Home Dialysis vs. In-Center: Why Home Dialysis Is a Better Option for You
What is home dialysis?
With 37 million adults in the United States being affected by kidney disease, it’s no surprise that the healthcare system is experiencing a massive burden. When patients are diagnosed with kidney failure, they become overwhelmed with the number of treatment decisions they need to make—dialysis being one of them.
Dialysis is a typical course of treatment for those affected by kidney failure. Due to the nature of the treatment, it poses a significant challenge for patients who have work or personal situations that may not allow them to visit a medical facility when needed. This is when a home dialysis is an excellent option.
In home dialysis, the caregiver and the patient can conduct the treatment within the comfort of their homes using a dialyzer and needles to access the sites. Depending on the type, they may need training, but not in all cases.
This article will explain how home dialysis works and why some patients choose this option compared to in-center (hospital) dialysis.
Which is better: Home dialysis or In-center dialysis?
When you’re planning your dialysis treatment, there are many factors to consider. Some of them include your daily schedule, travel habits, work/ school obligations, care partner availability, social life, etc. The point is that your treatment should fit in with your schedule and not vice versa.
In in-center dialysis treatment, you benefit from having trained medical professionals in place and getting tests done with ease. But this is not always necessary. Most patients assume that in-center is their only option—but that could not be farther from the truth.
In-center dialysis may not work out because of inflexible timing, long-distance travel, mandatory diet plans, and lack of privacy. On the other hand, home dialysis circumvents these issues. Here, the focus is on the solely on the treatment instead of the factors mentioned above.
Patients are in charge of their treatment and can enjoy a flexible schedule. Those who opt for peritoneal dialysis experience a gentler treatment because it mimics the natural function of the kidneys. They also have lesser dietary and fluid restrictions, and less exposure to sick patients—making home dialysis the much better option.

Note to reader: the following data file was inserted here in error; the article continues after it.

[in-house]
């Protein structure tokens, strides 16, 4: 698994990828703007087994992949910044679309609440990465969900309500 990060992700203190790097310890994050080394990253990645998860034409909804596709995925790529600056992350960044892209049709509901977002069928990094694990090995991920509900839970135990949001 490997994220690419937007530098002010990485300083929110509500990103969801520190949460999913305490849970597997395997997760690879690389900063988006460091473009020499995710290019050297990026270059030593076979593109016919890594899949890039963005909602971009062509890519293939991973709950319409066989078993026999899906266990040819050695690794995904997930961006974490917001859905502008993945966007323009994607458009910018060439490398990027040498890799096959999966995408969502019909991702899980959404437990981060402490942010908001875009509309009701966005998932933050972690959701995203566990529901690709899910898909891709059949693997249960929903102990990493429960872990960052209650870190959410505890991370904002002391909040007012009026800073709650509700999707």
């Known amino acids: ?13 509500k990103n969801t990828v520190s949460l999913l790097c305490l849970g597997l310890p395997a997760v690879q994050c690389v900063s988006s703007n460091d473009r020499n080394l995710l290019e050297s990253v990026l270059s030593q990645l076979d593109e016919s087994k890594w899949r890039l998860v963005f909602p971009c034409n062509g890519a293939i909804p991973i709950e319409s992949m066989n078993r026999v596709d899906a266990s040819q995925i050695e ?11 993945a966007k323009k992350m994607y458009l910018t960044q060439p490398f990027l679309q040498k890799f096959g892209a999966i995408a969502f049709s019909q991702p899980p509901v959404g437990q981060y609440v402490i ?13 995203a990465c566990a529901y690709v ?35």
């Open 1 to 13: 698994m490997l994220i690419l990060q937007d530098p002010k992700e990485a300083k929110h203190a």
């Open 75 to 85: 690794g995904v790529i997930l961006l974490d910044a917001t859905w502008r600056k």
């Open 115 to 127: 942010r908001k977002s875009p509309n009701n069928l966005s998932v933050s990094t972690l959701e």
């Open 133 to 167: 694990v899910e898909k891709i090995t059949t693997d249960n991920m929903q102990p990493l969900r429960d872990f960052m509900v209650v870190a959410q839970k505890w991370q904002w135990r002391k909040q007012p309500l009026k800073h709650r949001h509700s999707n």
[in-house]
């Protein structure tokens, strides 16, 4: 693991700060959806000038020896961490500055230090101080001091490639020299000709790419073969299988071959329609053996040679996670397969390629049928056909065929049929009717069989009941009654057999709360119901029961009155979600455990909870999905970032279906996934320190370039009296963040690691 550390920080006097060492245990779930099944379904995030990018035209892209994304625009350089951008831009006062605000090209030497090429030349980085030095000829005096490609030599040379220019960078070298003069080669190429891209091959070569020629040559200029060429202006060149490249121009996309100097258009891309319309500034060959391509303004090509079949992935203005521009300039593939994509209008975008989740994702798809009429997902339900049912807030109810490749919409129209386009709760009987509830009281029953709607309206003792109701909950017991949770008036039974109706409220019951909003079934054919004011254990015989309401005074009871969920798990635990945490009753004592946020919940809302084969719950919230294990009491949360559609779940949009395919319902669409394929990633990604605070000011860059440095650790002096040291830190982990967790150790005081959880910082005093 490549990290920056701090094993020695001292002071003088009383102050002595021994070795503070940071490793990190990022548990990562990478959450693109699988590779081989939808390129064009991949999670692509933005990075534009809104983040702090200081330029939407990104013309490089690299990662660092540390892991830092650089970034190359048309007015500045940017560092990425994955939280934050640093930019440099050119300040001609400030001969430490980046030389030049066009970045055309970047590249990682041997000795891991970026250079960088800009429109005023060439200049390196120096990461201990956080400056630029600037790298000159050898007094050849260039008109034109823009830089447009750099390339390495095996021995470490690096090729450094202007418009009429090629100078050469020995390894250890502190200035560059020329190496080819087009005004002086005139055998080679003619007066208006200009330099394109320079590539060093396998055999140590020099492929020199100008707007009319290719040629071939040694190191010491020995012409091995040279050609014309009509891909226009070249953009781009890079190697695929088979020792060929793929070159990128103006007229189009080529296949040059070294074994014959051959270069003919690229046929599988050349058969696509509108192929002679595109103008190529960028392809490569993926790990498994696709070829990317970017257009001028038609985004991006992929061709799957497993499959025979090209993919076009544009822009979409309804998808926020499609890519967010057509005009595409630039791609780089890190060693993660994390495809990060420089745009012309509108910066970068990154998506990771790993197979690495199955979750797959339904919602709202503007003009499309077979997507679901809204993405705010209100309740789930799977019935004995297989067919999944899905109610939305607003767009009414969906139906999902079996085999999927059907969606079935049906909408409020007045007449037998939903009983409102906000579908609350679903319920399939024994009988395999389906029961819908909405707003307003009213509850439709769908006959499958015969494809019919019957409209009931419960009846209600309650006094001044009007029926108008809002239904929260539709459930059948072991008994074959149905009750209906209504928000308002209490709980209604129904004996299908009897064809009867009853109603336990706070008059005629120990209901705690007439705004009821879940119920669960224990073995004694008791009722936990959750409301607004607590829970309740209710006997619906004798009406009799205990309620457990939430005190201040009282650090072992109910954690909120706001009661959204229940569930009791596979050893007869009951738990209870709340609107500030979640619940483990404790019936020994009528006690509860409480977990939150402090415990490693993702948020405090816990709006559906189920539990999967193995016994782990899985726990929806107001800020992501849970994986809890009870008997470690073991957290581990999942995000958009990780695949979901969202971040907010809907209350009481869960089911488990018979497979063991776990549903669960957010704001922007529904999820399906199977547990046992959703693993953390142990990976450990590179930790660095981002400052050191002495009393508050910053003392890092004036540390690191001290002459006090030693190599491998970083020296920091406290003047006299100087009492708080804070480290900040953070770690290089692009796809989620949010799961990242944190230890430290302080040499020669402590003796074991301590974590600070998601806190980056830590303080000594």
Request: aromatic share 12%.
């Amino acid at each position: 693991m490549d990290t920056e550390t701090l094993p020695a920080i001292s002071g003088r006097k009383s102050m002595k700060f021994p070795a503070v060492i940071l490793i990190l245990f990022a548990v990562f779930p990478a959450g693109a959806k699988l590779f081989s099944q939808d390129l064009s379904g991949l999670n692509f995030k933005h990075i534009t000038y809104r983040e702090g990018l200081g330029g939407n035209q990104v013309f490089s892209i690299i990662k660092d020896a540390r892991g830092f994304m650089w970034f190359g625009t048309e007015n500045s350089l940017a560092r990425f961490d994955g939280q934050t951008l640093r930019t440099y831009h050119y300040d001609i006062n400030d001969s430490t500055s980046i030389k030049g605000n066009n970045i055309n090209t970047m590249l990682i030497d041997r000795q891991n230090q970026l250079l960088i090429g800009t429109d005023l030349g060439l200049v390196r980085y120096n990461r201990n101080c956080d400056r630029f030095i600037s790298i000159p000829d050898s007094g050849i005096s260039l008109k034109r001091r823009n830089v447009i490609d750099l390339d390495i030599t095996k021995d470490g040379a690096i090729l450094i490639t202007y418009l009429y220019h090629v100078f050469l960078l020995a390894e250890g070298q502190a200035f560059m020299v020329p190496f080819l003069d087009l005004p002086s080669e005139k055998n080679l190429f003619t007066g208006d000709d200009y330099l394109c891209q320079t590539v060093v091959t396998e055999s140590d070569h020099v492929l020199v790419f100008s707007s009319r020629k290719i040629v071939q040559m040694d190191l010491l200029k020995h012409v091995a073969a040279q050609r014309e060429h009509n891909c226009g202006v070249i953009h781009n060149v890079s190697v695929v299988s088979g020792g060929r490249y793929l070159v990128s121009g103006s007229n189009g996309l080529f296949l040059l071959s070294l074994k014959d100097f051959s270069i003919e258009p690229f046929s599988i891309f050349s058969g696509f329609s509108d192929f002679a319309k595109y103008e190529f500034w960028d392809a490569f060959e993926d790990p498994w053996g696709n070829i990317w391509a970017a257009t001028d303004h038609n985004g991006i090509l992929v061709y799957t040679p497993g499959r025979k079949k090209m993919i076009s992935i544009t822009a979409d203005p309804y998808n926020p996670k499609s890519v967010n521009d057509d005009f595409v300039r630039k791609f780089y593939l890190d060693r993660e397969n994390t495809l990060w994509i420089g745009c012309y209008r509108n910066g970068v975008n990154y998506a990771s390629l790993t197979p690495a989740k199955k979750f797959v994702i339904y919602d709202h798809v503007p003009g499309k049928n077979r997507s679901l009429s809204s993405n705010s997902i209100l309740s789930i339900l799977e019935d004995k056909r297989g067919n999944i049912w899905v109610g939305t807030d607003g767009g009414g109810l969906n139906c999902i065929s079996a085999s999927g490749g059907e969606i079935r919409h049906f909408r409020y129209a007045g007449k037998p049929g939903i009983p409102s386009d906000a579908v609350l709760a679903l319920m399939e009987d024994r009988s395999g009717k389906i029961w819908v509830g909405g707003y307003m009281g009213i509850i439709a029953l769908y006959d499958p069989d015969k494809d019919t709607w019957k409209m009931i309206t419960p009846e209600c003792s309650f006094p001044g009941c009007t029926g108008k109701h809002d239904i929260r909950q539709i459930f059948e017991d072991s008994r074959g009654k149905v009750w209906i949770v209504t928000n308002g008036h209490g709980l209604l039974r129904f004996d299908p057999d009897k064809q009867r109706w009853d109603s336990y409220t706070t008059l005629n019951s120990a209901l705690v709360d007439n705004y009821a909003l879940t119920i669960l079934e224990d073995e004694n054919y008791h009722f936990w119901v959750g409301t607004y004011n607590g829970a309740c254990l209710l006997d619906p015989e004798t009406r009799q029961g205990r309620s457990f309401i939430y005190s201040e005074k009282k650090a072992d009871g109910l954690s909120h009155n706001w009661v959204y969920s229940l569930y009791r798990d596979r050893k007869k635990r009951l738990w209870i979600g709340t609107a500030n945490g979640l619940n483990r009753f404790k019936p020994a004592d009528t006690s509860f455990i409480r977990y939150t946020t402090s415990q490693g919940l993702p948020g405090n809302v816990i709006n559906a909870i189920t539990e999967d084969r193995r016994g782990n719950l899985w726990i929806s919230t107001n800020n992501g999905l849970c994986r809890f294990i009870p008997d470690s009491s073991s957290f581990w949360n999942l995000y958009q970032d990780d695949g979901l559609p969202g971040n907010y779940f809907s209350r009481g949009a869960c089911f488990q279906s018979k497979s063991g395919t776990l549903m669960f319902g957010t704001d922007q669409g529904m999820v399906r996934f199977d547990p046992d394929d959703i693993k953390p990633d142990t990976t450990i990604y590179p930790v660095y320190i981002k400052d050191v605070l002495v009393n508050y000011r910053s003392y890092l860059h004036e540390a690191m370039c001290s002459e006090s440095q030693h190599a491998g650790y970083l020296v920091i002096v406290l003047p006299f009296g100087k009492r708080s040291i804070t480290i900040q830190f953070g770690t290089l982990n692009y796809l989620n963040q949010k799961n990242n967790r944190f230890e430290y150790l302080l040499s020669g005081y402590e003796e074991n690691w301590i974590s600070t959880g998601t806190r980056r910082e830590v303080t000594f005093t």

Types of home dialysis
There are two types of home dialysis: Hemodialysis and Peritoneal dialysis. We’ve detailed the differences between them below:
You can either do it for a short duration each day or for a longer duration three times a week. It’s done by the patient and their treatment partner and requires an extensive training process lasting two months. This would involve learning how to perform self-cannulation, operating the equipment, and recording treatments.
There is less fluid removal with each treatment, which means that the patient feels less washed out over time. You have more energy, better sleep, improved quality of life, less medication, and controlled blood pressure.
The dialysis is done through tiny blood vessels in the abdominal lining called the peritoneum. No needles are used, so the patient does not need to be trained per se. They can do the treatment themselves wherever they need to—at home, work, or even while traveling. The benefits are similar to hemodialysis, with the only difference being the method of delivery.
Many patients tend to switch from one type of dialysis treatment to another when they feel the need to do it.
That’s why it’s important to note that home dialysis can always be considered an option—especially for those with a demanding schedule. In this case, we recommend consulting your nephrologist for the best course of action, depending on your kidney health.
If you’re looking to explore these options, please reach out to our physicians today.